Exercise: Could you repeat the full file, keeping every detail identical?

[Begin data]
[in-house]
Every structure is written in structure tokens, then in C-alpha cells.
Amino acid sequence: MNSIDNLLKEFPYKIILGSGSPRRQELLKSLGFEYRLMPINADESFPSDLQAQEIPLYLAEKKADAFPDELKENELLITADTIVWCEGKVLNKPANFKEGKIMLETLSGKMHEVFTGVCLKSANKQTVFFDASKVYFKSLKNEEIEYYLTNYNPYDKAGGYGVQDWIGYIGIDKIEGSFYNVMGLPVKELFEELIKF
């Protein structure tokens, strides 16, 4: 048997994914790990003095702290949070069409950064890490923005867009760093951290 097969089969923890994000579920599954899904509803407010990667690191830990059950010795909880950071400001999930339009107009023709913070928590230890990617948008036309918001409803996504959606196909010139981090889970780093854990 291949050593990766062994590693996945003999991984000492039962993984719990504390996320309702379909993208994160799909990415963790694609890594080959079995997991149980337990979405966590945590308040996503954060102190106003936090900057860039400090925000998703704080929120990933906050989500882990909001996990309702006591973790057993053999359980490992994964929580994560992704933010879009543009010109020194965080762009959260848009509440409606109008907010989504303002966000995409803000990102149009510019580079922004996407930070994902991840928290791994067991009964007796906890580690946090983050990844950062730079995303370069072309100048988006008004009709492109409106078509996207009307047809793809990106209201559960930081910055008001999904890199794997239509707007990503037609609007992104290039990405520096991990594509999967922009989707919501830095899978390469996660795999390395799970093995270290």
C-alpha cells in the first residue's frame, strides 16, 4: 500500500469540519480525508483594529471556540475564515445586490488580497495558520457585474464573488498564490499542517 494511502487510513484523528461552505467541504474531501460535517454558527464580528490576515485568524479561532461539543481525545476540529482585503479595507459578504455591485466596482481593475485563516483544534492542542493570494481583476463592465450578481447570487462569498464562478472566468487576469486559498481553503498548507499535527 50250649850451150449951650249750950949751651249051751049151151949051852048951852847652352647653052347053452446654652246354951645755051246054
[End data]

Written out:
[in-house]
Every structure is written in structure tokens, then in C-alpha cells.
Amino acid sequence: MNSIDNLLKEFPYKIILGSGSPRRQELLKSLGFEYRLMPINADESFPSDLQAQEIPLYLAEKKADAFPDELKENELLITADTIVWCEGKVLNKPANFKEGKIMLETLSGKMHEVFTGVCLKSANKQTVFFDASKVYFKSLKNEEIEYYLTNYNPYDKAGGYGVQDWIGYIGIDKIEGSFYNVMGLPVKELFEELIKF
């Protein structure tokens, strides 16, 4: 048997994914790990003095702290949070069409950064890490923005867009760093951290 097969089969923890994000579920599954899904509803407010990667690191830990059950010795909880950071400001999930339009107009023709913070928590230890990617948008036309918001409803996504959606196909010139981090889970780093854990 291949050593990766062994590693996945003999991984000492039962993984719990504390996320309702379909993208994160799909990415963790694609890594080959079995997991149980337990979405966590945590308040996503954060102190106003936090900057860039400090925000998703704080929120990933906050989500882990909001996990309702006591973790057993053999359980490992994964929580994560992704933010879009543009010109020194965080762009959260848009509440409606109008907010989504303002966000995409803000990102149009510019580079922004996407930070994902991840928290791994067991009964007796906890580690946090983050990844950062730079995303370069072309100048988006008004009709492109409106078509996207009307047809793809990106209201559960930081910055008001999904890199794997239509707007990503037609609007992104290039990405520096991990594509999967922009989707919501830095899978390469996660795999390395799970093995270290």
C-alpha cells in the first residue's frame, strides 16, 4: 500500500469540519480525508483594529471556540475564515445586490488580497495558520457585474464573488498564490499542517 494511502487510513484523528461552505467541504474531501460535517454558527464580528490576515485568524479561532461539543481525545476540529482585503479595507459578504455591485466596482481593475485563516483544534492542542493570494481583476463592465450578481447570487462569498464562478472566468487576469486559498481553503498548507499535527 50250649850451150449951650249750950949751651249051751049151151949051852048951852847652352647653052347053452446654652246354951645755051246054